The Amazing World of Dr. Seuss, Springfield, MA

Springfield, Massachusetts, located about 90 minutes west of Boston, is known as the birthplace of basketball and is home to the Basketball Hall of Fame (read about my visit here) and the Springfield Armory (read about my visit here).  However, there are plenty of other places to visit if you're in town; especially if you're visiting with young children.   

Since 2002, the Dr. Seuss National Memorial Sculpture Garden has been a popular spot for children to enjoy climbing and exploring 14 Seuss-themed sculptures.  Featured in a grassy “quad”, the sculptures are surrounded by five museums: the George Walter Vincent Smith Art Museum, the Springfield Science Museum, the Michele & Donald D’Amour Museum of Fine Arts, the Lyman & Merrie Wood Museum of Springfield History, and the brand new Amazing World of Dr. Seuss Museum.  Purchasing one ticket (or a membership) will allow you to explore all five museums and there is lots of free parking in nearby parking lots. 

  Some of the beautiful sculptures in the gardens that surround the five museums. 

Some of the beautiful sculptures in the gardens that surround the five museums. 

  My daughter was interviewed by a local television station about her favorite Dr. Seuss books, as her great aunt watched. 

My daughter was interviewed by a local television station about her favorite Dr. Seuss books, as her great aunt watched. 

This past weekend, I had the opportunity to check out the opening of The Amazing World of Dr. Seuss Museum. We were excited to be the first ones in line, right behind the step-daughter of Theodore Geisel, aka Dr. Seuss. 

The three floor museum (handicap accessible with elevator) has a little something for everyone.  The entire museum- floors, walls, and ceilings- are covered in brightly colored, hand painted murals. There are at least half a dozen reading nooks stocked with the entire Dr. Seuss collection and many other early reader books. I would plan about an hour to see the whole museum, but there are some spaces where littles ones may want to linger. 

The main floor is geared toward younger children. There are tons of sculptures children can climb in, under, over, and on and pose for photos: The Cat in the Hat, Horton, Thing 1 and Thing 2, and the Wump of Gump to name a few. (See what I did there?)  The rooms are wide and encourage little ones to move around without the risk of getting into trouble. The “Things You Can Wish” station invites early writers to pause and write a wish to for their future; a fitting sentiment for “Oh the The Places You'll Go” mural next to the wish boxes. There are rooms dedicated to Springfield and Geisel’s childhood home, replicas of the local zoo run by Geisel’s father, a huge tv where children can “draw”, and a room with lego tables to occupy the toddler crowd.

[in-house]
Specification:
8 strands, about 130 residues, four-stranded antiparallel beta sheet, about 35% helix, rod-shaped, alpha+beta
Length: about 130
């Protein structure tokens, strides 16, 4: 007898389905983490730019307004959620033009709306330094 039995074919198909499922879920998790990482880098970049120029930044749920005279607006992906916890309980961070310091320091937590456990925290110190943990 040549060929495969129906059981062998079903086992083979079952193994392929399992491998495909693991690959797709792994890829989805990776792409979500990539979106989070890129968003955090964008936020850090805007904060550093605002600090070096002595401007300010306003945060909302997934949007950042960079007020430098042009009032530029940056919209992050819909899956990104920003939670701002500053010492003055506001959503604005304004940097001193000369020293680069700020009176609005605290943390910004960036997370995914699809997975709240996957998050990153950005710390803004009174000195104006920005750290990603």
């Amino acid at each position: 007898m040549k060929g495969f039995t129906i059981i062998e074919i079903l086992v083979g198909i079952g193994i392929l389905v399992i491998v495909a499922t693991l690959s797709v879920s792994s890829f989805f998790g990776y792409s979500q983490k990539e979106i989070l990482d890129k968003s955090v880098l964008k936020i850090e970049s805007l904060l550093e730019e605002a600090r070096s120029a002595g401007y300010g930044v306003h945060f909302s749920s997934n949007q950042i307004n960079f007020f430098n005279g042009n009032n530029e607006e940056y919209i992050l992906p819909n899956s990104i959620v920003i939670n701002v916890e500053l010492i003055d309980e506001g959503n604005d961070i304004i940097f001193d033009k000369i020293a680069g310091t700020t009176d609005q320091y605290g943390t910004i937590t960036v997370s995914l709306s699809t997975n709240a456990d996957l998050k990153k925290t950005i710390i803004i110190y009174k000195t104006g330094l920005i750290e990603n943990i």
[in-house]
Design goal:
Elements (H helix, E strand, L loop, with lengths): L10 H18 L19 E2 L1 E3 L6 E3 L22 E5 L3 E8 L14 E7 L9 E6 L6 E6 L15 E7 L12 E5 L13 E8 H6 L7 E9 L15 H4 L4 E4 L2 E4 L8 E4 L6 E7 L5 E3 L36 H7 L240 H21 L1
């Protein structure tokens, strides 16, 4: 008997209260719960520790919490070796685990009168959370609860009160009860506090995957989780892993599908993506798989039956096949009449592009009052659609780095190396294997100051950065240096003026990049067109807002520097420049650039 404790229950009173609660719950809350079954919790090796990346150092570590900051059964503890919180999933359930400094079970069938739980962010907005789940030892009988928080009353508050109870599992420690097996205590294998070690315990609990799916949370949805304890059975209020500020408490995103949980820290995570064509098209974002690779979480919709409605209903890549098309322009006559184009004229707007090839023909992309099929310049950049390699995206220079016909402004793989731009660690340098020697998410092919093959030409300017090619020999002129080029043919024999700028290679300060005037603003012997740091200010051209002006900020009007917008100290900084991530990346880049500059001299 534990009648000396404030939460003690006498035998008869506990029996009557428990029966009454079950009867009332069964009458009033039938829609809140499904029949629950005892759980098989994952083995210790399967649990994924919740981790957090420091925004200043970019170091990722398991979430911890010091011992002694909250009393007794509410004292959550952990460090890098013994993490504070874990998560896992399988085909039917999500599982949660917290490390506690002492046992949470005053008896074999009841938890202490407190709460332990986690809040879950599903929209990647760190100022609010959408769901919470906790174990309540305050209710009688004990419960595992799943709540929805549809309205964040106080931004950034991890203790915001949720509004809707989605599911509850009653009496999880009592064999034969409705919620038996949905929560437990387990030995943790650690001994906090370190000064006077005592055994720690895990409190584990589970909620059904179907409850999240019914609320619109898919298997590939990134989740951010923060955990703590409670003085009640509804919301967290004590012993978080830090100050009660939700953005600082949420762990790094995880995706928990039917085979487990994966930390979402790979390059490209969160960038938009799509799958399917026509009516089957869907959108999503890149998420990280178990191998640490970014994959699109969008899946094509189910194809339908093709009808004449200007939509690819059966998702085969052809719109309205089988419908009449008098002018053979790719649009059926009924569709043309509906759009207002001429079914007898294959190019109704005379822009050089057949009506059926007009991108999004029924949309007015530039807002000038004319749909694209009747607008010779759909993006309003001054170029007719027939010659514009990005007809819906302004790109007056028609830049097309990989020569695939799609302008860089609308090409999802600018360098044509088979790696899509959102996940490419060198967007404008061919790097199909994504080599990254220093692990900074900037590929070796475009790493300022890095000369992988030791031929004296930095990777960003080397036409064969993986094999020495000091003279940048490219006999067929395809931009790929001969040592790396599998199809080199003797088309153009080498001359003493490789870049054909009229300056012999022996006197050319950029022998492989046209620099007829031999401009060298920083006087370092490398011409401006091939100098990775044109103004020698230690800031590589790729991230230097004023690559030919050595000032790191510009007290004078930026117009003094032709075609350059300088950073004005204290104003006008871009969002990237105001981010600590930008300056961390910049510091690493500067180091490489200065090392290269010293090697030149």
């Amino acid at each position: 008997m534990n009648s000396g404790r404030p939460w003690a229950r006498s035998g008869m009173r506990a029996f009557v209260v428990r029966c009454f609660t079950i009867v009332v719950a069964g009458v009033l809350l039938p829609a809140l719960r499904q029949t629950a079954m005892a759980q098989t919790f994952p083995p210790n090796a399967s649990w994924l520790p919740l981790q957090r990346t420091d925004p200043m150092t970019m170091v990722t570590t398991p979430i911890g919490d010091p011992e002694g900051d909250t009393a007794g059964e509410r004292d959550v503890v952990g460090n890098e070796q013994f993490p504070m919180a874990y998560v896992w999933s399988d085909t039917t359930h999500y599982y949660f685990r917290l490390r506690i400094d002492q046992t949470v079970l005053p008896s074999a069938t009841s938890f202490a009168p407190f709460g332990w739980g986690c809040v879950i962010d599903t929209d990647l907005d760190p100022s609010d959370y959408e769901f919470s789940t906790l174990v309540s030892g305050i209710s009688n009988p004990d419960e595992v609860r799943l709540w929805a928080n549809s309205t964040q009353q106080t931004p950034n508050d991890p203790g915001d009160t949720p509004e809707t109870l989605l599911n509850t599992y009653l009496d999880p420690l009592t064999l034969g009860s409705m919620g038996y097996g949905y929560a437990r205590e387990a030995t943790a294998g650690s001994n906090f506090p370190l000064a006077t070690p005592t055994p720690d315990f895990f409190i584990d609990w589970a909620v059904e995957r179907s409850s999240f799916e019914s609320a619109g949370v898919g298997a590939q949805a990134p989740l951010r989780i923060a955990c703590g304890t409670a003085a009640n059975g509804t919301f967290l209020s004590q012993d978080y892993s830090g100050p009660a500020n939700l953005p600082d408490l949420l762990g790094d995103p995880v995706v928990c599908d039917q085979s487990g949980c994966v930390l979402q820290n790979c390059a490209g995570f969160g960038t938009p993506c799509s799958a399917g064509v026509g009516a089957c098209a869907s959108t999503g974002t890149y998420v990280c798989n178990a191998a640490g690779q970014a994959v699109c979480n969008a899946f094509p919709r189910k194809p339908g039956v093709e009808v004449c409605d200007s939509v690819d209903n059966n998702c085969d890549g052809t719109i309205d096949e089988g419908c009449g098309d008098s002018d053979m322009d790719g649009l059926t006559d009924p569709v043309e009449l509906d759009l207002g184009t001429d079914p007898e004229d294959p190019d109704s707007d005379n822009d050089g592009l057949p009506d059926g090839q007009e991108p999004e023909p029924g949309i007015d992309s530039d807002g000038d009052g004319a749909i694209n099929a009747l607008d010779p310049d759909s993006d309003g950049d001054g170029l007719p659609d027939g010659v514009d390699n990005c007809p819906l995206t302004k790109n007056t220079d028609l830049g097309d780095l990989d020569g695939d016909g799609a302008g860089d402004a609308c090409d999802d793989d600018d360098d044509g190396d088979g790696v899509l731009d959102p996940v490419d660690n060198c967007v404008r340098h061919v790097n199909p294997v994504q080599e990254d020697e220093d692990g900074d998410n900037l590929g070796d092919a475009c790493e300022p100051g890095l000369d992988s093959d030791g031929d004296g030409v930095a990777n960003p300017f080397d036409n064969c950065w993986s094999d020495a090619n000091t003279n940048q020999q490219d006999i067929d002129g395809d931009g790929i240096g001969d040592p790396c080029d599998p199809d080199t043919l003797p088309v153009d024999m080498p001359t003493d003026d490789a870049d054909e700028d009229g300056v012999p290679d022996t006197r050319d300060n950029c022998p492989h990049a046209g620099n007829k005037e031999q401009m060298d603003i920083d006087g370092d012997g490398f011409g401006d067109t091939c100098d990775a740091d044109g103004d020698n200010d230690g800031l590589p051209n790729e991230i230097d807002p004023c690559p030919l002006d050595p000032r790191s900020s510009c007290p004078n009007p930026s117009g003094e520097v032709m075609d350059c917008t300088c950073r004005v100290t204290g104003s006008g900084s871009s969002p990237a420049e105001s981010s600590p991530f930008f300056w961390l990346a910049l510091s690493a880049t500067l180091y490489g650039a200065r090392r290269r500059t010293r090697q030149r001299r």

The lego room is a perfect spot to occupy little ones while adults check out the upper floor. 

The lego room is a perfect spot to occupy little ones while adults check out the upper floor. 

The upper floor is dedicated to the personal life of Geisel and will be more entertaining for adults. There are two replicas of rooms in Geisel’s home, complete with Geisel’s actual possessions, ranging from furniture to books to drawing supplies. You can’t physically go into the rooms, but can “peak” over the wire ropes, which are meant to preserve the collection.  I witnessed a few toddlers attempting to crawl under them as their parents played defense, and space is a little tighter upstairs, so I might suggest switching off with another adult and keeping younger kids downstairs. The other half of the upper floor has glass enclosed cases with Geisel’s letters, sketches, drawings and various information on his heritage; there is a family tree painted on an entire wall. One final room has a display of how the sculptures (from the gardens) were cast.

  Geisel's personal possessions are displayed, including his drawing table.

Geisel's personal possessions are displayed, including his drawing table.

 The lower level aka “The Cat’s Corner” has tons of hands on crafts and space for the museum’s school programs and education department. A quick glance at their calendar showed a summer full of classes, camps, and collaborations with other museums.

  Posing with one of our favorite characters, Horton. 

Posing with one of our favorite characters, Horton. 

If you spend the day in Springfield and find yourself with a little extra time, consider taking a half hour drive to visit another famous children’s author’s museum, The Eric Carle Museum in Amherst, Massachusetts. They have a reading library, filled with comfy chairs and nooks that invite little visitors to plop down with a book. There is also an art studio, with tons of projects children can create, using a wide variety of new and recycled materials, and plenty of staff on hand to help.  The auditorium holds lectures, films, and various performances. This museum is perfect for the preschool and younger elementary aged children, and will be a nice complement to The Amazing World of Dr Seuss Museum.

  My daughter, inside the "Very Hungry Caterpillar" is always amused by the story "The Day the Crayons Quit."

My daughter, inside the "Very Hungry Caterpillar" is always amused by the story "The Day the Crayons Quit."